Fitch Ratings has downgraded Sri Lanka’s Long-Term Foreign-Currency Issuer Default Rating (IDR) to ‘CC’, from ‘CCC’. Fitch typically does not assign Outlooks or apply modifiers for sovereigns with a rating of ‘CCC’ or below.
A number of rating actions are as follows.
The downgrade reflects our view of an increased probability of a default event in coming months in light of Sri Lanka’s worsening external liquidity position, underscored by a drop in foreign-exchange reserves set against high external debt payments and limited financing inflows. The severity of financial stress is illustrated by elevated government-bond yields and downward pressure on the currency.
We have affirmed the Long-Term Local-Currency IDR at ‘CCC’, as authorities have continued access to domestic financing, despite high and still-rising government debt and an elevated debt service burden.
Sri Lanka’s foreign-exchange reserves have declined much faster than we expected at our last review, owing to a combination of a higher import bill and foreign-currency intervention by the Central Bank of Sri Lanka. Foreign exchange reserves have declined by about USD2 billion since August, falling to USD1.6 billion at end-November, equivalent to less than one month of current external payments (CXP). This represents a drop in foreign-currency reserves of about USD 4 billion since end-2020.
We believe it will be difficult for the government to meet its external debt obligations in 2022 and 2023 in the absence of new external financing sources. Obligations include two international sovereign bonds of USD500 million due in January 2022 and USD1 billion due in July 2022. The government also faces foreign-currency debt service payments, including principal and interest, of USD6.9 billion in 2022, equivalent to nearly 430% of official gross international reserves as of November 2021. Cumulative foreign-currency debt service, including interest and principal, amounts to about USD26 billion from 2022 through to 2026.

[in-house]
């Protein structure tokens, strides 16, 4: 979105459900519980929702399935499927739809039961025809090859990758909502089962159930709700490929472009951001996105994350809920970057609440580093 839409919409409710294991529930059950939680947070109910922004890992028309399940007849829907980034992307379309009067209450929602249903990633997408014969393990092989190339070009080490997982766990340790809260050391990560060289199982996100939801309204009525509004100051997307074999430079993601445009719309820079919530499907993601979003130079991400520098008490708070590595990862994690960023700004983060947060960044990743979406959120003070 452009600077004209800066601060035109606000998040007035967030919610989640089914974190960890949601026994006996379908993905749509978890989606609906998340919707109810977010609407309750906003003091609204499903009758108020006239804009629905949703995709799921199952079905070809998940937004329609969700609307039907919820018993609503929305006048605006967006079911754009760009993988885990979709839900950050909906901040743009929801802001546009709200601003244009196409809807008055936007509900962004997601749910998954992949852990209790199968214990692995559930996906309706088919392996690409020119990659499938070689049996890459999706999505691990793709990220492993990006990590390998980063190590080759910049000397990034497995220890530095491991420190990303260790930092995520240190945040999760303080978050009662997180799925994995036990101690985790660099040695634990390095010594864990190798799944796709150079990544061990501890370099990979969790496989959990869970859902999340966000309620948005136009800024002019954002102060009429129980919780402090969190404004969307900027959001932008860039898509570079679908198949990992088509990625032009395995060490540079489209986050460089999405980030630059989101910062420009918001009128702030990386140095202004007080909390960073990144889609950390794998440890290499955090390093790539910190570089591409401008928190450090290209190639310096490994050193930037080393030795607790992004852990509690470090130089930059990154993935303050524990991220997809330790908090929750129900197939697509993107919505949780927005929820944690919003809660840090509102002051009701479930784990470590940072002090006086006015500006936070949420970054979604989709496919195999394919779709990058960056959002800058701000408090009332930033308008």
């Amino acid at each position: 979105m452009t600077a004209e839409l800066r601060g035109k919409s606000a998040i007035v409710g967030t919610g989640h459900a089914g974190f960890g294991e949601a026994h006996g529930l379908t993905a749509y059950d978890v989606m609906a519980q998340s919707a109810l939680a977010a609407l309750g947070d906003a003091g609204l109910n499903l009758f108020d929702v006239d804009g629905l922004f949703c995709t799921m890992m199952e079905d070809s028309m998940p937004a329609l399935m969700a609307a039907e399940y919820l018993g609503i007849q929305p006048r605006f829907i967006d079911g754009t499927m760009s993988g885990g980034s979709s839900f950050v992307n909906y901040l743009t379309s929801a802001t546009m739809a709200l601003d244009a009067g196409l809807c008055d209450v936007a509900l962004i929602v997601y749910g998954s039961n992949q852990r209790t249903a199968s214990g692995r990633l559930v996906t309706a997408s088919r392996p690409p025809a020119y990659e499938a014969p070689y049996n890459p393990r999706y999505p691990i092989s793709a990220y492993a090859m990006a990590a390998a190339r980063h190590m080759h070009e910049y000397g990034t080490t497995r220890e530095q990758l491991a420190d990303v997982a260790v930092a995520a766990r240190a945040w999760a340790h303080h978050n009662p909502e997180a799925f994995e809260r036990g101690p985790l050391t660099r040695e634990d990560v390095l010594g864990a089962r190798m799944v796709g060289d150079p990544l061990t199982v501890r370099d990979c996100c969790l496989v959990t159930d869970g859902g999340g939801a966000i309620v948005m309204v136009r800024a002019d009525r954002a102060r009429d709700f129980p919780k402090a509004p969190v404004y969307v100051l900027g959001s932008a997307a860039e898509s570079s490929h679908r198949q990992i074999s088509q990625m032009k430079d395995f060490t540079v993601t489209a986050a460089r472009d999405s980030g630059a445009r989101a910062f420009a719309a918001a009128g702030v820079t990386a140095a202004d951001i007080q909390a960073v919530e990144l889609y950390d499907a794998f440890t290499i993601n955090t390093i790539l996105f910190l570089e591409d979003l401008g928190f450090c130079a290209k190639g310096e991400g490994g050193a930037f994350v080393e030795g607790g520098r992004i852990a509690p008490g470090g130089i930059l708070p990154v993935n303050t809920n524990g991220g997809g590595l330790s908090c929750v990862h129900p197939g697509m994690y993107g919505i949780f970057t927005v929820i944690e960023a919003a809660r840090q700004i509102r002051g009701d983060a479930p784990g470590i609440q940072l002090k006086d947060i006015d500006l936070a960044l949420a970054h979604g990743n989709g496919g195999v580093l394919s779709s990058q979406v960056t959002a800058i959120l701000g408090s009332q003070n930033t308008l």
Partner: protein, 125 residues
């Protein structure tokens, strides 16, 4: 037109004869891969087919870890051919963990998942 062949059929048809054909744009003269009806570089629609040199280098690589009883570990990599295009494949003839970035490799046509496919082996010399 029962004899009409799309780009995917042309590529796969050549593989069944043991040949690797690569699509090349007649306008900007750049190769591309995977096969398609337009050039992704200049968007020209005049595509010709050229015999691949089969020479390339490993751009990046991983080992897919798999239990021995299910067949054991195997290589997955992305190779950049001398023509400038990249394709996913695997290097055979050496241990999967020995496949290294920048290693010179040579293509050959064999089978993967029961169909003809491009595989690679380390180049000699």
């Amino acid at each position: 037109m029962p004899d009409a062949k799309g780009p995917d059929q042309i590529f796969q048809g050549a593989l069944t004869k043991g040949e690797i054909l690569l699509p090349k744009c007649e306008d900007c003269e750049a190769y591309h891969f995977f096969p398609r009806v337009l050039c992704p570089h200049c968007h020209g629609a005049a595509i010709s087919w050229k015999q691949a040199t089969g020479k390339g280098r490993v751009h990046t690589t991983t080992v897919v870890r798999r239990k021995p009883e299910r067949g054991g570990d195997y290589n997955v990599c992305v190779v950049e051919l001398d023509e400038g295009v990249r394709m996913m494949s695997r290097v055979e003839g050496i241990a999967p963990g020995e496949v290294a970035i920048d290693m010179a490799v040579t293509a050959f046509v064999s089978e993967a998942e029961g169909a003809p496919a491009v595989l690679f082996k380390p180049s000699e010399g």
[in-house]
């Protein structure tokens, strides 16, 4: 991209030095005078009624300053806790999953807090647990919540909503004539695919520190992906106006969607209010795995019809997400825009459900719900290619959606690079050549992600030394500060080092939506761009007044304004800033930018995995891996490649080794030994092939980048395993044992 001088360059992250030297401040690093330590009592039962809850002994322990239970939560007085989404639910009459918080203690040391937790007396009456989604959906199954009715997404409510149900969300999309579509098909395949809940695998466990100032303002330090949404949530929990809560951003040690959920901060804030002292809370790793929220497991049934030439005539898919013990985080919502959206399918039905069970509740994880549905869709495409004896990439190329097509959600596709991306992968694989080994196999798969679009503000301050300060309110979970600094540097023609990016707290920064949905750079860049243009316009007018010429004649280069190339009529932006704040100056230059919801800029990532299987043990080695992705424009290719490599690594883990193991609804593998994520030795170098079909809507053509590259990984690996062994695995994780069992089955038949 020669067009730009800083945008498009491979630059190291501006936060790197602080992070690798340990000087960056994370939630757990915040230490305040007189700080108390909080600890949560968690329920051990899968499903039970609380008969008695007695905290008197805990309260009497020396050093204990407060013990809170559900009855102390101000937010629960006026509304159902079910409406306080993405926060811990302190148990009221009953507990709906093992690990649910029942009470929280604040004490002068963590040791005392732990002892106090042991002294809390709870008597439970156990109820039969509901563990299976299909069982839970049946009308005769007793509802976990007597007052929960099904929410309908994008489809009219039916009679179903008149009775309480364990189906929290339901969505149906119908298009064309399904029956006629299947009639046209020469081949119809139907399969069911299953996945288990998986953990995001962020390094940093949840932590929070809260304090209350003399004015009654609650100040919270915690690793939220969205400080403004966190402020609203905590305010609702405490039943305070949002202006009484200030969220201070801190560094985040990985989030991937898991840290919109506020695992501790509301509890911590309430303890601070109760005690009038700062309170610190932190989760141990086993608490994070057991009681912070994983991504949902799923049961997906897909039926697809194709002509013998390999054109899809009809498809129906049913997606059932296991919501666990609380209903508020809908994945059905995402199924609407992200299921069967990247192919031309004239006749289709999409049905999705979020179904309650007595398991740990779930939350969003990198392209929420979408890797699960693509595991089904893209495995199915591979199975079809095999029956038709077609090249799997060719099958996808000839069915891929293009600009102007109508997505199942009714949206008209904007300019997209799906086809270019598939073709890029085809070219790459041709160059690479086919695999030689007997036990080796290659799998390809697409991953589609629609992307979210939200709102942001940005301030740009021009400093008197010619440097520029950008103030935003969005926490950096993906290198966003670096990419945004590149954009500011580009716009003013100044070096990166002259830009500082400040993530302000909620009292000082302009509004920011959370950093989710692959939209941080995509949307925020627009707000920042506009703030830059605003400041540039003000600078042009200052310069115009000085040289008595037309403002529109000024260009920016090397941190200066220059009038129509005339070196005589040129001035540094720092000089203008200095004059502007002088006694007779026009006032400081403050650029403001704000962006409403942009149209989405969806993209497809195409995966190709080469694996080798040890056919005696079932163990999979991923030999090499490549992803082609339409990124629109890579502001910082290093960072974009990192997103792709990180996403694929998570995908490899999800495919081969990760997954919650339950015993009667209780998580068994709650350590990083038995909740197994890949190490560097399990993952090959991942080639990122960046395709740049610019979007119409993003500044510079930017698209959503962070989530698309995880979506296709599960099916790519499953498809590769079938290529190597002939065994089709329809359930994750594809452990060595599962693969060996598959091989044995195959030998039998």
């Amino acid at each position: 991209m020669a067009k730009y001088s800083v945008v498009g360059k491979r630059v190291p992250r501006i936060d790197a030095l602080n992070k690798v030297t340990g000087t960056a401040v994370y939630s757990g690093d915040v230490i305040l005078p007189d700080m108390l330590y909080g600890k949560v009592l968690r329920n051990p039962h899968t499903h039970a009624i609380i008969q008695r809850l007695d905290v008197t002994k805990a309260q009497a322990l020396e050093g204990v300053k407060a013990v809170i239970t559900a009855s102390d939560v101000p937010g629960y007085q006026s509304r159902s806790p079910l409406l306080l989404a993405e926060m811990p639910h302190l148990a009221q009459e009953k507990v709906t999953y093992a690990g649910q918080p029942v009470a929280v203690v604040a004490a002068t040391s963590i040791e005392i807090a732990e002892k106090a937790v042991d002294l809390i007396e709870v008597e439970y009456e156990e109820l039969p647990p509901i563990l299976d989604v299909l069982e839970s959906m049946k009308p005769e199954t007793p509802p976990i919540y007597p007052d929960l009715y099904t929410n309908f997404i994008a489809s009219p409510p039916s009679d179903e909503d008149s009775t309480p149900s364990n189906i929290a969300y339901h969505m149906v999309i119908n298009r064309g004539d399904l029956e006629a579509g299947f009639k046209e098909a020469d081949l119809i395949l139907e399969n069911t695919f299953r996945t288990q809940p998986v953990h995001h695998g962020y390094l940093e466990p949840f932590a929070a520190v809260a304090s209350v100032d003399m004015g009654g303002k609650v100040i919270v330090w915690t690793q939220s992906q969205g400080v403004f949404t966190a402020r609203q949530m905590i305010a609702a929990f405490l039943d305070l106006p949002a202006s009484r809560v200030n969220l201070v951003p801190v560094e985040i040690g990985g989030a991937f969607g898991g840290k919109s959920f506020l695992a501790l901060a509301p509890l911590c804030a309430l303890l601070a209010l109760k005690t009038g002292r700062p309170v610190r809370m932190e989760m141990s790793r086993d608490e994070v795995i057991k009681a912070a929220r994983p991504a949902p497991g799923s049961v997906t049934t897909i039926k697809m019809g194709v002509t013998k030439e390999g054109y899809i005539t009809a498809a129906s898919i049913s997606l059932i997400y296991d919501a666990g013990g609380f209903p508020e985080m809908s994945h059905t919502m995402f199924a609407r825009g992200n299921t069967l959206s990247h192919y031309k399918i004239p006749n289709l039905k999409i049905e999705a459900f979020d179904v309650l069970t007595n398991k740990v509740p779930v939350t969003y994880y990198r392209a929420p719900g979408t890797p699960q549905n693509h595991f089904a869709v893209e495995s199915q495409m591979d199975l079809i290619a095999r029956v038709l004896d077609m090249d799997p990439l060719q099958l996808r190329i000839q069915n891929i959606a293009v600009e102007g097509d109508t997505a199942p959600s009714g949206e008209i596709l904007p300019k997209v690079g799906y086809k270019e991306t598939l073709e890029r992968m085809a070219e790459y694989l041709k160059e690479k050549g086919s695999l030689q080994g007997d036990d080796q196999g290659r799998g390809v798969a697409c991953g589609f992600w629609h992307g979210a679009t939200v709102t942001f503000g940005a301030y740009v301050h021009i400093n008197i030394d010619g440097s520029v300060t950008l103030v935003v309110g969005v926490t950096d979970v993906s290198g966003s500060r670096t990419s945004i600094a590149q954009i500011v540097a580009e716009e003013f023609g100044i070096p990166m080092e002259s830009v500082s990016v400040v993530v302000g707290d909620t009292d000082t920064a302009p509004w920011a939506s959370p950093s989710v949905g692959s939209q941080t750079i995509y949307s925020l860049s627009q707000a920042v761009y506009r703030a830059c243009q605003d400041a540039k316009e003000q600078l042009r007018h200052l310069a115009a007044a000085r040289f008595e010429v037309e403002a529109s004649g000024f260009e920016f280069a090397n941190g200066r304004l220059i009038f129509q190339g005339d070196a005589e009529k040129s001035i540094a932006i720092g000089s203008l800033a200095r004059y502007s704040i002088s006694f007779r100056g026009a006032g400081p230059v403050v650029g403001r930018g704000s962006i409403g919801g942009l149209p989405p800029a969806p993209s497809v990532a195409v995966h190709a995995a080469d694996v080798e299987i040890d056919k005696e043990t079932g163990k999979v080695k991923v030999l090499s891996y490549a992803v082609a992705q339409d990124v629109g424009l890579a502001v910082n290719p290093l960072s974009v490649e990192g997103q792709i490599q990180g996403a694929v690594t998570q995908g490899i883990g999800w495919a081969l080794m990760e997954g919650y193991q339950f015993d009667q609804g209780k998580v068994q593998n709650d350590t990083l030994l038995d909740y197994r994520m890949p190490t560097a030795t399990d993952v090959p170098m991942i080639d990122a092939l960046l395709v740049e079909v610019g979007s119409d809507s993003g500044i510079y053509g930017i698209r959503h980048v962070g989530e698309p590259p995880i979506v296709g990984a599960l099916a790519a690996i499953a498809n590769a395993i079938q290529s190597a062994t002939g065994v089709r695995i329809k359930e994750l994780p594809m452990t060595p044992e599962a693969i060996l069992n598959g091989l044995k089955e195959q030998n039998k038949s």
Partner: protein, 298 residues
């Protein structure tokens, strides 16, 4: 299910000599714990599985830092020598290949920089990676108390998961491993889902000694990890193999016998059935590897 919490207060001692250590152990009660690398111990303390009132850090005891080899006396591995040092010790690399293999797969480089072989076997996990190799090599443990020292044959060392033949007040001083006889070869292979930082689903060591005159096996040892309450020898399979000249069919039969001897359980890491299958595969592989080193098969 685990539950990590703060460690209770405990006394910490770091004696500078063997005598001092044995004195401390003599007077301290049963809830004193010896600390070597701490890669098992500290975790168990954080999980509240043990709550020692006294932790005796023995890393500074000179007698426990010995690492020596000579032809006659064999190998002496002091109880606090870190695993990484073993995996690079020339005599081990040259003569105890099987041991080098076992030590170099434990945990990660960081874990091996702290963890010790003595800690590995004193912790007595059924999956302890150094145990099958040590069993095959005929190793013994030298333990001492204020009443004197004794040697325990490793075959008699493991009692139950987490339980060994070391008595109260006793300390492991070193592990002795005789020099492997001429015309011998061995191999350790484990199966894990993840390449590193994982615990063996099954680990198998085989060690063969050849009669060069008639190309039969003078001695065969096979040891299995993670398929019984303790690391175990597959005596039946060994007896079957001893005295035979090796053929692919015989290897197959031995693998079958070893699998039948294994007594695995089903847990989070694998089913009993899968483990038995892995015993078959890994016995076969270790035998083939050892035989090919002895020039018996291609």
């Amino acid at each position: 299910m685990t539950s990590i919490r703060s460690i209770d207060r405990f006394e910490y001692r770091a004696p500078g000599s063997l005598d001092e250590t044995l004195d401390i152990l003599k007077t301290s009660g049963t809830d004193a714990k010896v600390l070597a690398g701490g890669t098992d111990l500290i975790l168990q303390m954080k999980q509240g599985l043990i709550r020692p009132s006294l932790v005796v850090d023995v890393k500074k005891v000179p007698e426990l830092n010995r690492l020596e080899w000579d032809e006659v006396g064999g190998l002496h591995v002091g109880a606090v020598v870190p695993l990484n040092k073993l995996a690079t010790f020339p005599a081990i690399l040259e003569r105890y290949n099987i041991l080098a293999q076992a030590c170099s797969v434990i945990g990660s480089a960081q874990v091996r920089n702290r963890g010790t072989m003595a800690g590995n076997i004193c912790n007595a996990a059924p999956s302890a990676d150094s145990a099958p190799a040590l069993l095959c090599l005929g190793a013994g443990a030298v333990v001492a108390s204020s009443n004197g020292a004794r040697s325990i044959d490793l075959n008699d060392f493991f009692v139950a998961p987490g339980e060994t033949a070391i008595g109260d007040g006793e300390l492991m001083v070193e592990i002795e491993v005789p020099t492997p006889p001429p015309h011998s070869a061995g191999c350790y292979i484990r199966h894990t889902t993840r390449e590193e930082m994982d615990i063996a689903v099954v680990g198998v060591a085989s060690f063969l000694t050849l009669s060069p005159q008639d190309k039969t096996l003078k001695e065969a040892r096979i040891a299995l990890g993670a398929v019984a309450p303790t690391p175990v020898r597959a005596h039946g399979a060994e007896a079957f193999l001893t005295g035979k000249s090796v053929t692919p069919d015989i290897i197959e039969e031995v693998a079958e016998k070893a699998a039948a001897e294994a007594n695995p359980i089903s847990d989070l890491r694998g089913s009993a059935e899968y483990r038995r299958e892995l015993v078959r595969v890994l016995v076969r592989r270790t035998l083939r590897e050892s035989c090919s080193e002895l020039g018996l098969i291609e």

The timing and availability of external resources is unclear and may not be readily available for debt service. The central bank published a six-month roadmap in October that outlined plans to raise additional external borrowings through a number of channels, including bilateral and multilateral sources, syndicated loans and through the monetization of under-utilized assets in 1Q22.
A drawdown on the existing currency swap facility with the People’s Bank of China (PBOC) could boost reserves by up to CNY10 billion (USD1.5 billion equivalent). However, even with resources from the swap facility, foreign exchange reserves are likely to remain under pressure, in our view. Additional sources of financing could come from an economic support package from India, which contains a swap facility under the South Asian Association for Regional Cooperation currency framework of USD400 million, a swap facility with the Qatar Central Bank, remittances securitization and a revolving credit facility with the Bank of China Limited (A/Stable). However, even if all these sources are secured, we believe it will be challenging for the government to maintain sufficient external liquidity to allow for uninterrupted debt servicing in 2022.